Dictionary of Polling: The Language of Contemporary Opinion Research

By Michael L. Young | Go to book overview

E

EARLY DECIDERS Prospective voters who make up their minds early about who they will support in an upcoming election. Early deciders then are little influenced by the subsequent political campaign. They have made their choice and are unlikely to change it.

At one time, early deciders made up two-thirds or more of the electorate in presidential campaigns. They are still a major chunk of voters, but fall considerably short of that level ( Asher, 1988:115-118). In fact, more and more voters today are late deciders who make up their mind in the closing days of a campaign.

Declining party loyalty explains some of the decrease in early deciders. Strong Democrat or Republican leanings used to help voters make up their minds but fewer people today have those leanings. Late deciders typically lack strong partisan attachments to guide their electoral choice. Consequently, they reach their vote decision on the basis of other factors--including political advertising and news coverage, which tend to be concentrated late in a campaign ( M. L. Young, 1987:186).

Early decider is a standard category pollsters use to classify voter behavior. Some other standard classifications commonly used are likely voter, ticket splitter, and undecided. All these labels efficiently summarize information derived from the poll and group respondents with others who exhibit the same political behavior ( Martin, 1983:697-702). See alsoRESPONDENT.

ECOLOGICAL FALLACY The logical error of inferring a single person's opinion from polling data about groups. Ecological fallacies present serious hazards for those analyzing survey results ( Sellitz, Wrightsman, and Cook, 1976:439-440).

A hung jury illustrates the conditions that can produce ecological fallacies:

-59-

Notes for this page

Add a new note
If you are trying to select text to create highlights or citations, remember that you must now click or tap on the first word, and then click or tap on the last word.
One moment ...
Project items

Items saved from this book

This book has been saved
Highlights (0)
Some of your highlights are legacy items.

Highlights saved before July 30, 2012 will not be displayed on their respective source pages.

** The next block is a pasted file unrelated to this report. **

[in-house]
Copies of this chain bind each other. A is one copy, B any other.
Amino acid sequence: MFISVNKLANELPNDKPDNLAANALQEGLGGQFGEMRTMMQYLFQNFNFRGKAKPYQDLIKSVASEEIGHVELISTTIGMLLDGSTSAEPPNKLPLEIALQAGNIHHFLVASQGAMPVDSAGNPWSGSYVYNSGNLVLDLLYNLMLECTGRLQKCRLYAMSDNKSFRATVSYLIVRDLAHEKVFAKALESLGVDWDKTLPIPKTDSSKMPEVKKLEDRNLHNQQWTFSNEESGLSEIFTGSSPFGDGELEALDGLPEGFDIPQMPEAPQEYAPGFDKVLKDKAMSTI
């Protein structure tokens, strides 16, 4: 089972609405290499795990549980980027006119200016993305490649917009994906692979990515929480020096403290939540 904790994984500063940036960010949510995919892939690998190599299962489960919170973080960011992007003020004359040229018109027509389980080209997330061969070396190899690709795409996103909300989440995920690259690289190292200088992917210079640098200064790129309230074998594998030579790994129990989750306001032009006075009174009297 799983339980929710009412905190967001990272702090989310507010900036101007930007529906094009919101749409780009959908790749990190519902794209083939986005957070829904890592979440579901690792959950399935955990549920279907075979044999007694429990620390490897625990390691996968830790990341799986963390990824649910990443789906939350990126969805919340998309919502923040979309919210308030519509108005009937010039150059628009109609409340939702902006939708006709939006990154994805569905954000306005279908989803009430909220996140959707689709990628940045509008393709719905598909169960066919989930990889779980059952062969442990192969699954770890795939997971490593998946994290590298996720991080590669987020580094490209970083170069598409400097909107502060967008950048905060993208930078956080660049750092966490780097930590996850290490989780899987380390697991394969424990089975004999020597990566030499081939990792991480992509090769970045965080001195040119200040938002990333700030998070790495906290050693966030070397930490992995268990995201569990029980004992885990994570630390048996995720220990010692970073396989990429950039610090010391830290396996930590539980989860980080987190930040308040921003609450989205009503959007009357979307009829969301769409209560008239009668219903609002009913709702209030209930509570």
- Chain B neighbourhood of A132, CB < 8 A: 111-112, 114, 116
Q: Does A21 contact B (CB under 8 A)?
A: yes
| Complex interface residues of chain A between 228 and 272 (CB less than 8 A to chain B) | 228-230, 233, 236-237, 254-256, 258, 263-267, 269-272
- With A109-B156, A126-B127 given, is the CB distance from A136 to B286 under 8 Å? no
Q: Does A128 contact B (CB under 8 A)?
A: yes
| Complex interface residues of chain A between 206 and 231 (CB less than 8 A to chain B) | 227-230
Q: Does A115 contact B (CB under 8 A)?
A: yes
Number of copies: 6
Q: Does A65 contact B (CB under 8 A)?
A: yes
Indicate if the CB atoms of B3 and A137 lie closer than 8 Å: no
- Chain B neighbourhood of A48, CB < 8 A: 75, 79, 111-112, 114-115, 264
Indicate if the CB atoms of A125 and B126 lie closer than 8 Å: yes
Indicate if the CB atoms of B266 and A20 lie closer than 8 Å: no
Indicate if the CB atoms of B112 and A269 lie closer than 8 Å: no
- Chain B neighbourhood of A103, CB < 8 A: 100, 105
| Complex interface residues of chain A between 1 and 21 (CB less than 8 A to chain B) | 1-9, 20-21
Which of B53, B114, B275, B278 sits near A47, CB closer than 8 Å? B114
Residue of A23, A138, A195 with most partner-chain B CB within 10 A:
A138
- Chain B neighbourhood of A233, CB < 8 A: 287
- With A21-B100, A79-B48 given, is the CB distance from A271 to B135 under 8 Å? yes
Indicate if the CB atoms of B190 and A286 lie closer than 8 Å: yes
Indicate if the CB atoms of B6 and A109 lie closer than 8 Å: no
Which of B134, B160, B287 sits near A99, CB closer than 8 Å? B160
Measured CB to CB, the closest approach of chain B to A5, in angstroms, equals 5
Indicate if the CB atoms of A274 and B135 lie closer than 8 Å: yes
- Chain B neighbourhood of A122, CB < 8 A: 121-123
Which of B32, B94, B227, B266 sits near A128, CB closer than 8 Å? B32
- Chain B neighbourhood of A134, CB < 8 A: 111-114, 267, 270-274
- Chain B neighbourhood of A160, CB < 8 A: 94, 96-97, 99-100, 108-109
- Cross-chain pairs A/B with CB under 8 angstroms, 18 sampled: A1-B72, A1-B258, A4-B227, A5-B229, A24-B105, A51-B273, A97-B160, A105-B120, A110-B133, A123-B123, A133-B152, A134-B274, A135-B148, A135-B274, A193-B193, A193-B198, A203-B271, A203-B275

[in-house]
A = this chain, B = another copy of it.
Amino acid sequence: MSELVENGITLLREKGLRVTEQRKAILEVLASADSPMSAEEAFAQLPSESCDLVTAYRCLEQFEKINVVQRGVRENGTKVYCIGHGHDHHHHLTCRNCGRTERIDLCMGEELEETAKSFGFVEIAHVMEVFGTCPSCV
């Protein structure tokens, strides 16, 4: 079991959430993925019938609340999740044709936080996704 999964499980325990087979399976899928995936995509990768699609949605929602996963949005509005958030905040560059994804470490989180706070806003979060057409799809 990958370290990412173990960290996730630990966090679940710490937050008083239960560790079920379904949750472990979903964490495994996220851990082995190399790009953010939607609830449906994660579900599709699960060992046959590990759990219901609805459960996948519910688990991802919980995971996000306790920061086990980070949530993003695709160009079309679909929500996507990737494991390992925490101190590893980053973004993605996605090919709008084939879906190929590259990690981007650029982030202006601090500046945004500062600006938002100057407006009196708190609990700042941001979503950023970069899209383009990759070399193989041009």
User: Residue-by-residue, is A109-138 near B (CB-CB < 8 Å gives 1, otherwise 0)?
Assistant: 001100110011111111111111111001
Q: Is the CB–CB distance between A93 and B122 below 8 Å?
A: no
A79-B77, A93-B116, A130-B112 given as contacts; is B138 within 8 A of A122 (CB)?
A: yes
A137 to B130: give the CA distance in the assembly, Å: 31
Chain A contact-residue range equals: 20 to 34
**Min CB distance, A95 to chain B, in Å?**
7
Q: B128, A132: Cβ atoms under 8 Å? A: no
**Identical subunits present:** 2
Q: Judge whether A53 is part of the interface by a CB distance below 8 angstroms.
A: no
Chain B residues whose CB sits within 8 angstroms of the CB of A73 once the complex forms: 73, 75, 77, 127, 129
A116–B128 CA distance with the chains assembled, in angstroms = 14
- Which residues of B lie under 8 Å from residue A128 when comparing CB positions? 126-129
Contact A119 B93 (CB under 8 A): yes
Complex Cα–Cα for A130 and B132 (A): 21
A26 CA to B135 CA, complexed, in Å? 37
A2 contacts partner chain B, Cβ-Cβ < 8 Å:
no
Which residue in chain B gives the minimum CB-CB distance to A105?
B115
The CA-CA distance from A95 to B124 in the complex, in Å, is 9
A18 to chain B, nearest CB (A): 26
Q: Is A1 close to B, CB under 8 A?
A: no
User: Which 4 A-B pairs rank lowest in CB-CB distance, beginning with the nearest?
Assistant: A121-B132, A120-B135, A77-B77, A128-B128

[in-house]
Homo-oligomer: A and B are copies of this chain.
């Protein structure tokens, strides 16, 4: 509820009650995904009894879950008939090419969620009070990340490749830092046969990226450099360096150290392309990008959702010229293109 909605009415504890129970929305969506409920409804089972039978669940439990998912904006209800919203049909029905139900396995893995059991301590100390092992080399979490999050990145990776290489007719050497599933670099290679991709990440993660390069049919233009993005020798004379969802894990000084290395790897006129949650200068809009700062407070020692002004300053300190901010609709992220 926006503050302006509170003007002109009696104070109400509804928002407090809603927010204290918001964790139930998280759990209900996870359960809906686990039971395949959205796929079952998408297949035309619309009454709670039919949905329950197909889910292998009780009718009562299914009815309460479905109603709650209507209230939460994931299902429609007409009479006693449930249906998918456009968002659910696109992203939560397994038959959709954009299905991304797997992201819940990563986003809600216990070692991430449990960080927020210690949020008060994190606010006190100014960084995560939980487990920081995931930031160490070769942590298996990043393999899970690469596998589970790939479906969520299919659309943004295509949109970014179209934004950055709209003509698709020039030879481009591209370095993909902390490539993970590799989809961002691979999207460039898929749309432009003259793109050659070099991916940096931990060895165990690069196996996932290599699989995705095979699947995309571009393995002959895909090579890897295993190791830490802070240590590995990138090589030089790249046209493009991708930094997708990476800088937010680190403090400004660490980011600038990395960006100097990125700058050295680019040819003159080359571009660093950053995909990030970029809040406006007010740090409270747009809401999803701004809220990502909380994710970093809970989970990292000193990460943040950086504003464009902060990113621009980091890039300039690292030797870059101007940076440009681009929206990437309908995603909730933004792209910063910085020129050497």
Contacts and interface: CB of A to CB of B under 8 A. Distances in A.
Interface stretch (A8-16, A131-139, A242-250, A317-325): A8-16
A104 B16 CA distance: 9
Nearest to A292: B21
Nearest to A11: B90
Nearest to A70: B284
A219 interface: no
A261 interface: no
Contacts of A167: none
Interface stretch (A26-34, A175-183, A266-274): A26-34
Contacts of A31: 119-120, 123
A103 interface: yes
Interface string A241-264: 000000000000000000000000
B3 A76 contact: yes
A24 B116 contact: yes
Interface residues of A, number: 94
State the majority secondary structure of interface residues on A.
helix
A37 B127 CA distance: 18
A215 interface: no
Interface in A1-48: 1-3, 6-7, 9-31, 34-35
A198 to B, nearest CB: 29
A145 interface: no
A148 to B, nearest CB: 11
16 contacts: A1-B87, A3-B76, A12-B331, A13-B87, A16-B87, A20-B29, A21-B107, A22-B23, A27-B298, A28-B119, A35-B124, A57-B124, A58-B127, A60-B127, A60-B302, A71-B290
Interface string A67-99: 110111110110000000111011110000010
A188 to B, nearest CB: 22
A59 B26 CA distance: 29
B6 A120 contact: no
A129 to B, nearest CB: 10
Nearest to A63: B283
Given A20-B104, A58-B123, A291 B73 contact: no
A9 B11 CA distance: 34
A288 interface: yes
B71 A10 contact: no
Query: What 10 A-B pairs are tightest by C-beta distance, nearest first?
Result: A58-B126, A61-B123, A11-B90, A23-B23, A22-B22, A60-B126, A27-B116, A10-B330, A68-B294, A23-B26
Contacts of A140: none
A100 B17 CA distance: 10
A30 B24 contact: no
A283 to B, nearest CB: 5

You can easily re-create the highlights by opening the book page or article, selecting the text, and clicking “Highlight.”

Citations (0)
Some of your citations are legacy items.

Any citation created before July 30, 2012 will labeled as a “Cited page.” New citations will be saved as cited passages, pages or articles.

We also added the ability to view new citations from your projects or the book or article where you created them.

Notes (0)
Bookmarks (0)

You have no saved items from this book

Project items include:
  • Saved book/article
  • Highlights
  • Quotes/citations
  • Notes
  • Bookmarks
Notes
Cite this page

Cited page

Style
Citations are available only to our active members.
Sign up now to cite pages or passages in MLA, APA and Chicago citation styles.

(Einhorn, 1992, p. 25)

(Einhorn 25)

1

1. Lois J. Einhorn, Abraham Lincoln, the Orator: Penetrating the Lincoln Legend (Westport, CT: Greenwood Press, 1992), 25, http://www.questia.com/read/27419298.

Cited page

Bookmark this page
Dictionary of Polling: The Language of Contemporary Opinion Research
Settings

Settings

Typeface
Text size Smaller Larger
Search within

Search within this book

Look up

Look up a word

  • Dictionary
  • Thesaurus
Please submit a word or phrase above.
Print this page

Print this page

Why can't I print more than one page at a time?

Full screen
/ 276

matching results for page

Cited passage

Style
Citations are available only to our active members.
Sign up now to cite pages or passages in MLA, APA and Chicago citation styles.

"Portraying himself as an honest, ordinary person helped Lincoln identify with his audiences." (Einhorn, 1992, p. 25).

"Portraying himself as an honest, ordinary person helped Lincoln identify with his audiences." (Einhorn 25)

"Portraying himself as an honest, ordinary person helped Lincoln identify with his audiences."1

1. Lois J. Einhorn, Abraham Lincoln, the Orator: Penetrating the Lincoln Legend (Westport, CT: Greenwood Press, 1992), 25, http://www.questia.com/read/27419298.

Cited passage

Welcome to the new Questia Reader

The Questia Reader has been updated to provide you with an even better online reading experience.  It is now 100% Responsive, which means you can read our books and articles on any sized device you wish.  All of your favorite tools like notes, highlights, and citations are still here, but the way you select text has been updated to be easier to use, especially on touchscreen devices.  Here's how:

1. Click or tap the first word you want to select.
2. Click or tap the last word you want to select.

OK, got it!

Thanks for trying Questia!

Please continue trying out our research tools, but please note, full functionality is available only to our active members.

Your work will be lost once you leave this Web page.

For full access in an ad-free environment, sign up now for a FREE, 1-day trial.

Already a member? Log in now.